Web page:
The Test Kitchen has been the No 1 ranked restaurant in South Africa for a few years now (and also has significant global attention). Located at The Old Biscuit Mill in Cape Town, the restaurant itself is rather relaxed; with an open kitchen where the patrons can see the chefs working their magic. The restaurant has a long waiting list - I booked in March for an August date - and it was definitely worth the wait.

We had the tasting menu, lasting approximately 3 hours. The food was perhaps a bit too slow paced - but otherwise the service was excellent. However, I would not say that it was my best fine dining experience. A corporate dinner at the 2-Michellin starred Dolder Grand in Zurich was amazing in its oppulence, setting and off course its food and I would rate Hartford House as the best fine dining experience (despite its colonial setting). That said, the Springbok Rose (main course at Test Kitchen on Saturday) is probably the best dish I have had.

Overall, the Test Kitchen is definitely worth getting a reservation for. The prices are fairly reasonable (although the waiting time should definitely be used to save up). However, I don't know if I would specifically plan another trip around going to the Test Kitchen (although the past weekend was a long weekend, hence I targeted this specific date). It's a great experience - but not necessarily a repeat one.

The bread was fresh out of the oven - with an interesting variety. The pie like one was definitely the most praised.

The first appetiser

The second appetiser - Tuna and Cabbage 3 ways - maybe the best cabbage dish I have ever had?

The pickled fish starter was amazing - my second favourite of the day. Layered with a variety of fish, it was somewhat like a sashimi course.

My second course was guinea fowl and foie gras. I wasn't as enthusiastic as the rest of the table; who raved about the scallop and mirin tea (below).

The third course was the choice between the line fish and the pork belly. The pork belly was amazing.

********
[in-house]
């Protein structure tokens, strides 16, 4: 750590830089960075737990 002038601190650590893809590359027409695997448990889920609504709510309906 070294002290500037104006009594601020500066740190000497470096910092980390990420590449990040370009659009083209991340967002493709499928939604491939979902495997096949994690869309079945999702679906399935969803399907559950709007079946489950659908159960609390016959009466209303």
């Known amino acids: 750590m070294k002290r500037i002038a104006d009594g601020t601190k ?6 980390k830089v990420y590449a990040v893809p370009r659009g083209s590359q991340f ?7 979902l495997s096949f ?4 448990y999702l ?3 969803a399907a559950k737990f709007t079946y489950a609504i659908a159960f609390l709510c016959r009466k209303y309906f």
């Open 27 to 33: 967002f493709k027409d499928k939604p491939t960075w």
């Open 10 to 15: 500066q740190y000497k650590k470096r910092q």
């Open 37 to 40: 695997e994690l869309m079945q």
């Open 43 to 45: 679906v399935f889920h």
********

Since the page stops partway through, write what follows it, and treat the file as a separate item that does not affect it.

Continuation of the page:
There was a variety in the main courses. The Springbok Rose (above), was by far my best dish of the day - in terms of both food and presentation. M raved about the parsnips in the vegetarian mains although the lamb (below) didn't get too many wild adulations.

The meal concluded with two deserts - Tropical (above) had a fruity theme, while the Milk Stout Sponge was more cake and pastry. They were both great tasting deserts - but I found both to be quite disjointed, especially the Milk Stout Sponge. 

03 August 2015

Marikana - The Musical

M and I had completely opposite reactions to the multi-award winning Marikana - The Musical, now on at the State Theatre until mid-August. I saw the miner's song and dance akin to a war dance, while M saw it as positioning the miners as an arrogant bunch of thugs. I found the lyrics and positioning to confront the socio-economic dynamics, while M saw it as a reflection of the miners committing to their own demise. Both of us contrasted the performance to Rezad Desai's Miners Shot Down, which focused quite a bit on the political machinations around the tragedy - something the musical doesn't really focus on; and I think the documentary will remain the definitive voice on the tragedy. Neither of us read any reviews before going to the performance, and there a few criticims (esp with regards to attribution of cause) - but we did both agree that the performance itself was amazing. 

The set design was genius - the hill serving as both the musician cage and the prop. The music traversed various styles; and the vocalists were great. The translations of various vernacular phrases was patchy (some of it was projected) but there was enough English around to keep the story in line. And the acting was equally impressive - regardless of the viewpoint of the interpretation.

I think I convinced M on my interpretation -  but I suppose it is to be expected that different people will interpret art differently. As long as it is accepted that the musical itself is not a full portrayal of the events; I think it will be fine. Like the last two scenes - first by the widows followed by a father - the musical is also an eulogy that reminds all of the socio-economic factors that hold down our fraught labour relations. 

This is an amazing performance that needs to be seen by all, and at R100 a ticket, the musical is very accessible.